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This trend needs to change. There's too many guys out there running Wordpress blogs on shared hosting plans and/or making Android (or iPhone) apps, just to call it a 'start-up'...my Facebook friends list is full of these guys, calling themselves with ridiculously random titles like CEO/Founder/Co-Founder/MD of <insert-wordpress-blog_or_mobile_app_here>

Back in the days, a start-up was something different, something the society looked down, you know...a real challenge (which is why the society looked down). Today, the scenario is like as if its cool to run a Start-up (and fail).

X: "Hey dude, I run a startup..howz about you?"

Y: "Cool story bro..I runz one too..wanna be my co-founder?"

X: "sure thing bro...right away"

[now X can call himself a 'Serial Entrepreneur' because he sabotaged his old start-up for a new one]




Exactly. What is even more annoying is that so many of them have ideas that require millions of users to make any money.

What's wrong with creating a SaaS for $80/month and finding 500 users? $40k/month is more than so many of these clowns will ever make.

they need to keep their heads down and mouths shut. rant over = )


What's wrong with creating a SaaS for $80/month and finding 500 users? $40k/month is more than so many of these clowns will ever make.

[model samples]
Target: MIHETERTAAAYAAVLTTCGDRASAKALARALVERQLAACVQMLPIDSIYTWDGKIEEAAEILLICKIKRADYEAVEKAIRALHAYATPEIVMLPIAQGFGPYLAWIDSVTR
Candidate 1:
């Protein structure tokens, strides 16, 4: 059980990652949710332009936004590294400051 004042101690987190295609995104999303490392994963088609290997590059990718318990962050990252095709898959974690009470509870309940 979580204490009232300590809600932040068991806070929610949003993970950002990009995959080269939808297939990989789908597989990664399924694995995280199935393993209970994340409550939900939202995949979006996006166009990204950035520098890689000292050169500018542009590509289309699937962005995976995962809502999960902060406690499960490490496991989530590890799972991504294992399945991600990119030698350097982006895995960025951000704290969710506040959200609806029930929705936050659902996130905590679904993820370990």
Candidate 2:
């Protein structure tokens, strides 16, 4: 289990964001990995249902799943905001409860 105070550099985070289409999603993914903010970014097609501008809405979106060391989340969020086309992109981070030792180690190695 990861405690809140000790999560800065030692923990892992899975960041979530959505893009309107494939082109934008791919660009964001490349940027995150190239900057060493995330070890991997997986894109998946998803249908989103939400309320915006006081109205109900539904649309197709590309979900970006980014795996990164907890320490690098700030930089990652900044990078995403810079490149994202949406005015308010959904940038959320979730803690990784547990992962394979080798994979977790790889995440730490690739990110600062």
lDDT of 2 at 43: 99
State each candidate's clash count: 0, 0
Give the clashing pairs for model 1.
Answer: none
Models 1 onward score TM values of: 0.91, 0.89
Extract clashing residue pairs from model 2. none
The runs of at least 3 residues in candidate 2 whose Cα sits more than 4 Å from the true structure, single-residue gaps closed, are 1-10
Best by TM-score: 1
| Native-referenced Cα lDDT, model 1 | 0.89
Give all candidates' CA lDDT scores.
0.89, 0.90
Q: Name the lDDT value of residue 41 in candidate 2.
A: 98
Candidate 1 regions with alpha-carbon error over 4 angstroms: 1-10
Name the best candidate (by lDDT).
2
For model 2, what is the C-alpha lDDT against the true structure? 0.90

No love from your peers? Seriously, B2B is way undervalued around here...


I whole-heartedly agree with you, and seriously, it doesn't sound like a rant at all to me. You just spoke out the truth dude =)


If they have people reading their wordpress blog or users for their mobile apps then they are already ahead of many of the startups featured here.

You might want to look up the No True Scotsman fallacy.


I think the position is that having users is necessary but not sufficient for being a startup. NTS doesn't apply here, since no one is changing the definition of startup to exclude a counterexample; they simply disagree with it a priori.


I couldn't see any concrete distinction between the "bros" in his hypothetical and many things HNers would consider a "real" startup.

Maybe he was also attacking the very lean startup people who only have an email collecting landing page, a funny or inflated title and a blog filled with lessons for entrepreneurs when they come from a geek subculture and you are correct. It seemed more like a perfect NTS because of the "bro" references. Reading it again, I could see either interpretation being correct.


> Today, the scenario is like as if its cool to run a Start-up (and fail).

I think it is great that startups are cool. We need more entrepreneurs, not less. Most people don't have a clue what they are doing with their first company (I sure as hell didn't). Fail, and you won't make the same mistakes again the second time around.




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